An image of the Bamiyan Buddhas is placed in a low mound of gravel, surrounded by 2,500 little bottles containing fine brown sand in a spiral. Artist Ashmina Ranjit carries a handheld video recorder and films the people who participate in her installation. "Ashmina's True Buddha Mandala. Bottled Buddha for the taking," says a sign next to the mound. Several bottles have already been carried away and leave small finger sized grooves in the sand. This installation is one of many in the Siddhartha Art Gallery's Bamiyan Buddha: Icon of Peace, Hope and Renewal show that is on until 10 January next year.
Red, yellow, white, blue and green-the colours of the five elements float on pots filled with water in Sunita Rana's piece. The visitor is encouraged to step in and out of the water. The symbolic destruction of the water's tranquillity is only temporary-footprints dry up sooner or later and the water slowly grows still. "[S]hould there be a ripple in the peaceful valley like in calm water . the waves shall slowly calm in time and restore the serenity of the valley." The destruction of the Bamiyan Buddhas of Afghanistan, suggests Rana, is temporary in the grand scale of things. The essence of the Buddha was never really destroyed-it was temporarily, physically disturbed, and will settle again into its inexorable calmness.
The notion that the Buddha and the spirit of rightness he symbolises will live on regardless of acts of hatefulness and destruction permeates the whole show. Inside another gallery, the visitor is greeted by a crude piece of jute and black paper on the floor. The entire construction is a long strip anchored on one end to the corner of an empty picture frame and stretching down the gallery, along the stairs down, and then tapering off. Time goes on, it suggests, punctuated, but never stopped, by small events like the bell hanging from over a pile of shattered debris-disembodied clay statues of the Buddha.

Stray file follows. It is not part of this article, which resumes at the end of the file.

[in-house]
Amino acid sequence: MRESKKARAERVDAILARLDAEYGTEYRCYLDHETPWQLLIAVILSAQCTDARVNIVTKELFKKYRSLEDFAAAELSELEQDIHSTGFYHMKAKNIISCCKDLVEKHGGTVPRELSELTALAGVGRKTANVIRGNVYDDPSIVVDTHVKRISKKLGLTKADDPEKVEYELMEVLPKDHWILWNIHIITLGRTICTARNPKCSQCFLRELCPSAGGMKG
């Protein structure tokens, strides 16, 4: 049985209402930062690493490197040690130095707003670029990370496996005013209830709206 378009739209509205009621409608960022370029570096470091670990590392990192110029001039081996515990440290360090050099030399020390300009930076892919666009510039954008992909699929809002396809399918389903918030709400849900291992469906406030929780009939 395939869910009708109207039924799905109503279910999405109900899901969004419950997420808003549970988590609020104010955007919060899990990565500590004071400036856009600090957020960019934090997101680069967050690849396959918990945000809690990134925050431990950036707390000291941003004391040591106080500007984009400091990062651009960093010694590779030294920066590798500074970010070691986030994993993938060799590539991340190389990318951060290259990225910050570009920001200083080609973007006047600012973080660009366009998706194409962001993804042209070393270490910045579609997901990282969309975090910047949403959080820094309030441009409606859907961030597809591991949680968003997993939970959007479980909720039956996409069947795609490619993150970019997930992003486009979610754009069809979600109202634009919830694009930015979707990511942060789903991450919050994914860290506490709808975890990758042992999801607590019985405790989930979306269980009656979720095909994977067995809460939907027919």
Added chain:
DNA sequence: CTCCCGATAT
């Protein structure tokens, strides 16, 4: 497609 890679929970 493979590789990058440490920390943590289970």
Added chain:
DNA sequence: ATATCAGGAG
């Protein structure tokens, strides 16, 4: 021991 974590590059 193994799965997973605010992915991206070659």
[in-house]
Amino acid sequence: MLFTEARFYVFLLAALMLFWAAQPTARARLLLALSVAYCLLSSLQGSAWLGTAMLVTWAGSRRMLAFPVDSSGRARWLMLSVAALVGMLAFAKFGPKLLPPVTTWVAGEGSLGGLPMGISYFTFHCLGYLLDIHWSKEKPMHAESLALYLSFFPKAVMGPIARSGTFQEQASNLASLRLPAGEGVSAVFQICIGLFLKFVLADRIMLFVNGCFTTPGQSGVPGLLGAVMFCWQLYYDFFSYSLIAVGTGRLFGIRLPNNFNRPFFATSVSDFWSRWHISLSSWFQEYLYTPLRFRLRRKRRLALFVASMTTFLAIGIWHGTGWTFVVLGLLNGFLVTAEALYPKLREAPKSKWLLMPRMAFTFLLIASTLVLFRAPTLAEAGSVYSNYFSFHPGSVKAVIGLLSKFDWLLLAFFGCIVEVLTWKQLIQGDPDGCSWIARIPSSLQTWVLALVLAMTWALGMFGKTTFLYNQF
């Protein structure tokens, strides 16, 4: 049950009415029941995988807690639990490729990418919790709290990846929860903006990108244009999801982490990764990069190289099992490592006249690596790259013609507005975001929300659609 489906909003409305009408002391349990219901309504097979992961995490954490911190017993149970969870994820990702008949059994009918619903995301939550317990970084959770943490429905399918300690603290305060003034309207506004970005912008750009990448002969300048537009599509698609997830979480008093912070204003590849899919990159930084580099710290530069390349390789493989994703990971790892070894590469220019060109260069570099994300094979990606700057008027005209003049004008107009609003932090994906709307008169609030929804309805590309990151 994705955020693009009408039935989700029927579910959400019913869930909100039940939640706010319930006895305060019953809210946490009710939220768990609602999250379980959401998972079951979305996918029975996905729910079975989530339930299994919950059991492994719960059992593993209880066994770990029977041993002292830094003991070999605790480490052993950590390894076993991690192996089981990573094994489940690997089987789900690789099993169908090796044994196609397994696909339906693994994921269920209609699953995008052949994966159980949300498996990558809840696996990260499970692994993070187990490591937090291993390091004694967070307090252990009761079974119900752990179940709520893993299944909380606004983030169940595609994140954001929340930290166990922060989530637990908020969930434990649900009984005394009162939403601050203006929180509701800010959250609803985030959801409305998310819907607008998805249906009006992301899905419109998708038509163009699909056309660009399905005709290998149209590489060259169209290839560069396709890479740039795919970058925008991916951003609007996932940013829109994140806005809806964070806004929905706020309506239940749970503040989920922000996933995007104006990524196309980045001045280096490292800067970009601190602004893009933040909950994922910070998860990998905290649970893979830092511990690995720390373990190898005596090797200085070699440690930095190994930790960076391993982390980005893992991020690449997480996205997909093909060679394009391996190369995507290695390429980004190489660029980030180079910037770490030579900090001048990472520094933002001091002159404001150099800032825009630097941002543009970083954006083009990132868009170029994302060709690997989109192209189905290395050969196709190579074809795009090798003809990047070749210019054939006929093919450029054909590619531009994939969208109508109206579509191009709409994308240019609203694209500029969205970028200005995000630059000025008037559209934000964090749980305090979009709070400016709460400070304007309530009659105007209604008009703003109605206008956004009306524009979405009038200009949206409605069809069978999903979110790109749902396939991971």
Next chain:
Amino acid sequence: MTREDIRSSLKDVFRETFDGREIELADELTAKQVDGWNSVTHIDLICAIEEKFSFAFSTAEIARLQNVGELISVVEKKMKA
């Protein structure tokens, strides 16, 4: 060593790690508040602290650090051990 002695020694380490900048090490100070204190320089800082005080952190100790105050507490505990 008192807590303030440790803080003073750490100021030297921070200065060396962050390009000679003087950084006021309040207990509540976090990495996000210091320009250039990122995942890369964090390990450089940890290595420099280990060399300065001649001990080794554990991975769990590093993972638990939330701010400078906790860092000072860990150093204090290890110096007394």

Kalapremi Shrestha's seven terracotta sculptures feature brown organic forms containing brutally shattered fragments of Buddhist statues. The themes of destruction and desolation are ever present, but these ideas are balanced by the tranquillity and scale of Prakaash Chandwadkar's paintings. In the courtyard five six ft-high portraits by Prakaash Chandwadkar stand side by side, depicting the face of the Buddha in brown, yellow, cream, gold and blue. The paints have a sheen that glows across the courtyard. The Buddhas serene expression and the scale of the paintings stand like a silent challenge to the physical destruction inflicted on the Bamiyan Buddhas.
The main gallery displays more of Chandwadkar's paintings, often a photograph of a statue surrounded by colours and light. In addition, there is a video playing on a screen nestled among strips of coloured cloth pouring out of the belly of a large painting of a Bamiyan Buddha. The video, which features Chandwadkar painted in the five colours of work, was made with help from a team of Korean filmmakers.
The gallery also contains work by Finnish artist Juha Holopainen and Ragini Upadhyay-Grela. Most of this show deals with ideas about spirituality and timelessness, loss and continuity, Holopainen's Ignorance is more direct, depicting blank outlines where the Buddhas ought to be with wild dogs running about on the desert plains of Afghanistan. Upadhyay-Grela's Buddha, Truth and Sun, if less conspicuous than Chandwadkar's large portraits, are also significant pieces. "In my artwork, I have tried to display the Buddha in all his shining wisdom," she says. "It is there, and will stay with us, in our hearts and souls, despite the fact that we will miss forever the beauty and harmony of the Bamiyan Buddha statues."